Paste your Google Webmaster Tools verification code here
Print Page


T: 01869 247 333

Organist’s space: events, organ travels and player stories

Recital St Mary’s Nottingham Sunday July 17th at 2.45pm by John Keys

St Mary's Nottingham with text

John KeysJohn Keys was brought up and educated in Chester. On completion of his schooling, he was assistant organist at Chester Cathedral for 3 years, before becoming an organ scholar at New College, Oxford. There he was taught by Gillian Weir and Nicholas Danby. After graduating, he studied for 3 years at Geneva Conservatoire with Lionel Rogg, and won the 1er Prix de Virtuosité and the Prix Barblan. He was also Organist of the Eglise St Jean and then Holy Trinity Church. Having been appointed Director of Music at St. Mary’s Church, Nottingham, in 1984, in the same year he won First Prize at the 4th Manchester International Organ Competition. He is also Nottingham University organist and is pictured here near the console of the ‘Nottingham Albert Hall’ Binns organ.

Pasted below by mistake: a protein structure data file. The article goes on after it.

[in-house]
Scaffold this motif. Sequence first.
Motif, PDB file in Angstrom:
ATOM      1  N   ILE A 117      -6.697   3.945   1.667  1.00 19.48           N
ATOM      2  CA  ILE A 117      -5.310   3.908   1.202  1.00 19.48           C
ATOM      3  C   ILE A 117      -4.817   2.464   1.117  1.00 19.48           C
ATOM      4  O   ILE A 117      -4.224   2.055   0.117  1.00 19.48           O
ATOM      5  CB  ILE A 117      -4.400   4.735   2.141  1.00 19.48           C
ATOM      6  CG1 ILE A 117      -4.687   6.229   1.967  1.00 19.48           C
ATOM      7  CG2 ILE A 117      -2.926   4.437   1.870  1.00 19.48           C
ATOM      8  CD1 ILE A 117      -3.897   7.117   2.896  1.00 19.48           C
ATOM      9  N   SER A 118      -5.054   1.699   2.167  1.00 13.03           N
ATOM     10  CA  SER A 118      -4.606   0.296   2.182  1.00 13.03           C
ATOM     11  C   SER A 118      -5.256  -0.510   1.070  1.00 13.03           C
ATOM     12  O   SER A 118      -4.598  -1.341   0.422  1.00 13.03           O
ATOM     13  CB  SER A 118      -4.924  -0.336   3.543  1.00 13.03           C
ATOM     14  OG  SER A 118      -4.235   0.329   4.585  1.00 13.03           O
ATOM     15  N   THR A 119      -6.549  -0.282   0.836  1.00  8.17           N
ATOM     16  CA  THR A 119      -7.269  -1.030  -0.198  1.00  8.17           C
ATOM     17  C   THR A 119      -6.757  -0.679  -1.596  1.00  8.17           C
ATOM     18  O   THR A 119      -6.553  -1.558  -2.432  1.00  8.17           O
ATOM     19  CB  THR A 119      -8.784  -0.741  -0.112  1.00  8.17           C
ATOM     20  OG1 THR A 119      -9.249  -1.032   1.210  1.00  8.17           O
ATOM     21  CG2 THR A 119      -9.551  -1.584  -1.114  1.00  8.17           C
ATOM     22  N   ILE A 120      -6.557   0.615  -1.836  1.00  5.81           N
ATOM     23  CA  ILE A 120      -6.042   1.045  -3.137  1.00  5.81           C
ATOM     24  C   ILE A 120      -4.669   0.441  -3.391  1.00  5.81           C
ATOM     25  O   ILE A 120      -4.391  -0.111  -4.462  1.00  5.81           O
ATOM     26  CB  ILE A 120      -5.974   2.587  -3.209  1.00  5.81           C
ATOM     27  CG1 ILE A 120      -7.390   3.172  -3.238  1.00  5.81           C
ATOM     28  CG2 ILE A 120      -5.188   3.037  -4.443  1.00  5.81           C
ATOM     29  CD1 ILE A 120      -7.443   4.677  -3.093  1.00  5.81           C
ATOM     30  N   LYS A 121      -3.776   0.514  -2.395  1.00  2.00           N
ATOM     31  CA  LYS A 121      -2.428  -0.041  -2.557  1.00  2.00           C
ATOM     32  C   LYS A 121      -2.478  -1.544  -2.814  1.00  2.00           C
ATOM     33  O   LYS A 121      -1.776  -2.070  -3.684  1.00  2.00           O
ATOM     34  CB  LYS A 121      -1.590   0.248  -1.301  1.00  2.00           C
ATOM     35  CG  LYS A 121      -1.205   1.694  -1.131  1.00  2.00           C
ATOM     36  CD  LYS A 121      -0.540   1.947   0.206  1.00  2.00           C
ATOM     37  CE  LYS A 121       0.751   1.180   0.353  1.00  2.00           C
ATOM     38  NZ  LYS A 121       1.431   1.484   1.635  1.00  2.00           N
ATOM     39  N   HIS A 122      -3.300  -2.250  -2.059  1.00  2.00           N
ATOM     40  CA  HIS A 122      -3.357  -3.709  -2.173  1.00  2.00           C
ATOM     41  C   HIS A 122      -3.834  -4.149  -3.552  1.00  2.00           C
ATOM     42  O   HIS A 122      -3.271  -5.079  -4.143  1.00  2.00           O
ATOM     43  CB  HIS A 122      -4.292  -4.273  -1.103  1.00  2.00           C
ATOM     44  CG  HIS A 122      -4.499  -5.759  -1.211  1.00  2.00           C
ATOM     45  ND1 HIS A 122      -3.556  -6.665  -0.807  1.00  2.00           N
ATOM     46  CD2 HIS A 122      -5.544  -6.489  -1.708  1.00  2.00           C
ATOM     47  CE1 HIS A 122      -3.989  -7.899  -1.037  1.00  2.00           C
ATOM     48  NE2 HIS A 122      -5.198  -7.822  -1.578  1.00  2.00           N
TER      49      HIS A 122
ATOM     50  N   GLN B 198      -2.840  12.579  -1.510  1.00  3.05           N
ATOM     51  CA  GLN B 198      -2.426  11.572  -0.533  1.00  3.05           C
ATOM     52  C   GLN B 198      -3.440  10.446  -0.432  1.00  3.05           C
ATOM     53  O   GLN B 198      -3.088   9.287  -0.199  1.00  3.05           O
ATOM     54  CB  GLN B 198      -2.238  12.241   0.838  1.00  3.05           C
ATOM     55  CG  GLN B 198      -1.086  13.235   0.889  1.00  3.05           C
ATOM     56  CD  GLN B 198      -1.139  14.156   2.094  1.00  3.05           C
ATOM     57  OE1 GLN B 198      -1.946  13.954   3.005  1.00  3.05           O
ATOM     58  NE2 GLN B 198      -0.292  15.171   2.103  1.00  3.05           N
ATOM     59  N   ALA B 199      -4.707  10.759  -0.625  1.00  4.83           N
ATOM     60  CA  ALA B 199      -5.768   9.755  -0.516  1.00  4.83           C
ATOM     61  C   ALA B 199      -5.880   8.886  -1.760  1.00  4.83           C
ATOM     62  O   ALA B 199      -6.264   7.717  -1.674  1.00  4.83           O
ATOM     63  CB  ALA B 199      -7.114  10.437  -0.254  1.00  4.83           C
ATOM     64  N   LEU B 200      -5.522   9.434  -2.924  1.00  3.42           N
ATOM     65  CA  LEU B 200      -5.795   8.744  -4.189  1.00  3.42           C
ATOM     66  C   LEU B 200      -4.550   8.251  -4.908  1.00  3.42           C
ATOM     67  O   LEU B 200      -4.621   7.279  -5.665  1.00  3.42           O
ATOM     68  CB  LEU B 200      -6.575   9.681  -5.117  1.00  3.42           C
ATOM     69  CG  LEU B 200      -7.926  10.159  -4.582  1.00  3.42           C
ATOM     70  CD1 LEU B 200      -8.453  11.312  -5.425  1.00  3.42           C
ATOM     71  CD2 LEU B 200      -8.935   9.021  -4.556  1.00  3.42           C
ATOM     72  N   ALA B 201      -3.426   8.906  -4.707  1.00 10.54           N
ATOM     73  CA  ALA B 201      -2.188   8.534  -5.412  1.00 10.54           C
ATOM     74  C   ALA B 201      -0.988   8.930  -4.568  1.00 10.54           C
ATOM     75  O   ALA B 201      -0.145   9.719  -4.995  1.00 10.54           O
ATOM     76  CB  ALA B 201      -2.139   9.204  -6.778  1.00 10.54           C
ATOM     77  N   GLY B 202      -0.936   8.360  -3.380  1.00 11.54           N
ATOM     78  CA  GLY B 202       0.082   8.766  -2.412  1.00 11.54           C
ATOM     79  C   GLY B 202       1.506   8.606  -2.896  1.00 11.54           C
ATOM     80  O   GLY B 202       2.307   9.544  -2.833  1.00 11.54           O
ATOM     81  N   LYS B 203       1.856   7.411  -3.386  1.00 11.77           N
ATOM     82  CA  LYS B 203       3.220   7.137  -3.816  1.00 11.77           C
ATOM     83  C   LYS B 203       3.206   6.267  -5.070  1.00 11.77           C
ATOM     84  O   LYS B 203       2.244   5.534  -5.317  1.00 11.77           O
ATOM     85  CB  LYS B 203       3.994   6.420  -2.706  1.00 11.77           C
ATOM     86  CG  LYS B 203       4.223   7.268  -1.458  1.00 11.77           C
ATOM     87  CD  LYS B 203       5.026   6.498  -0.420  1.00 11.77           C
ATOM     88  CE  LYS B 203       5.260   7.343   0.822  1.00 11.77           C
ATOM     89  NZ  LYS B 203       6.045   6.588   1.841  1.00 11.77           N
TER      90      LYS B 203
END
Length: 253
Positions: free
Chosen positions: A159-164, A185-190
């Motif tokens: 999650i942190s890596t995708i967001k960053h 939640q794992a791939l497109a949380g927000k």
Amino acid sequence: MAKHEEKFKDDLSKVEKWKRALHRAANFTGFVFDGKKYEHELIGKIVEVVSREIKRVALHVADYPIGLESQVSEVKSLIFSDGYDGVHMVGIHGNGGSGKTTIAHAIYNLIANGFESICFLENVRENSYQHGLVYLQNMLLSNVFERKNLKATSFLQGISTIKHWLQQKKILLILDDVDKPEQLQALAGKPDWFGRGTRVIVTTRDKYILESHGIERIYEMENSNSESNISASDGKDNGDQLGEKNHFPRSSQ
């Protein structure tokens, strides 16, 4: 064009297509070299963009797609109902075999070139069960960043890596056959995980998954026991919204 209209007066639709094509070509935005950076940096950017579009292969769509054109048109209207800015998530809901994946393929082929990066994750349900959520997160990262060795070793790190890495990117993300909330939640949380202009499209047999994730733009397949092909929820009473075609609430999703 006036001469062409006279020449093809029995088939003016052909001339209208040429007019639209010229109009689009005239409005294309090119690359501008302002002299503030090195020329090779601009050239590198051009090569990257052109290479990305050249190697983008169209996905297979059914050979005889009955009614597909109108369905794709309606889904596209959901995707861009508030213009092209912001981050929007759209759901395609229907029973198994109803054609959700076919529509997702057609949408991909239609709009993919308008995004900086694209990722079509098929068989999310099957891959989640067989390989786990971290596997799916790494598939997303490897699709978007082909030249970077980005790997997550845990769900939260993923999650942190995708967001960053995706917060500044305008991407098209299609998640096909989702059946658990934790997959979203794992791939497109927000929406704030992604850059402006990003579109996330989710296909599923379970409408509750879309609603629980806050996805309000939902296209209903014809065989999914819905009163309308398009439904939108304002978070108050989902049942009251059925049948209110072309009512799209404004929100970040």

St Mary's NottinghamWe are sponsoring this recital and proceeds will go towards the Nottingham City Parish and the Binns Organ Trust. The recital will be played on our Regent 356  instrument installed last year to supplement the St Mary’s neo classical pipe organ. Our instrument is in the picture to the right.







St Mary's Nottingham inside 3St Mary’s is a magnificent city church as you see from this picture of the vast interior. I hope you will not mind me saying that our instrument makes a mighty fine sound in this huge space.




John’s programme includes:-

J.S. Bach Sinfonia to Cantata 29.

George Shearing Amazing Grace! (from Sacred Sounds)

Mendelssohn Sonata Op.65, No.6

Buxtehude Vater unser

J.S. Bach Vater unser (Orgelbüchlein)

Georg Böhm Vater unser

César Franck Chorale No.3

Samuel Barber arr.William Strickland Adagio for Strings

Henri Mulet Carillon-Sortie.


The following two tabs change content below.
I have had a passion for church organs since the tender age of 12. I own and run Viscount Organs with a close attention to the detail that musicians appreciate; and a clear understanding of the benefits of digital technology and keeping to the traditional and emotional elements of organ playing.

Latest posts by David Mason (see all)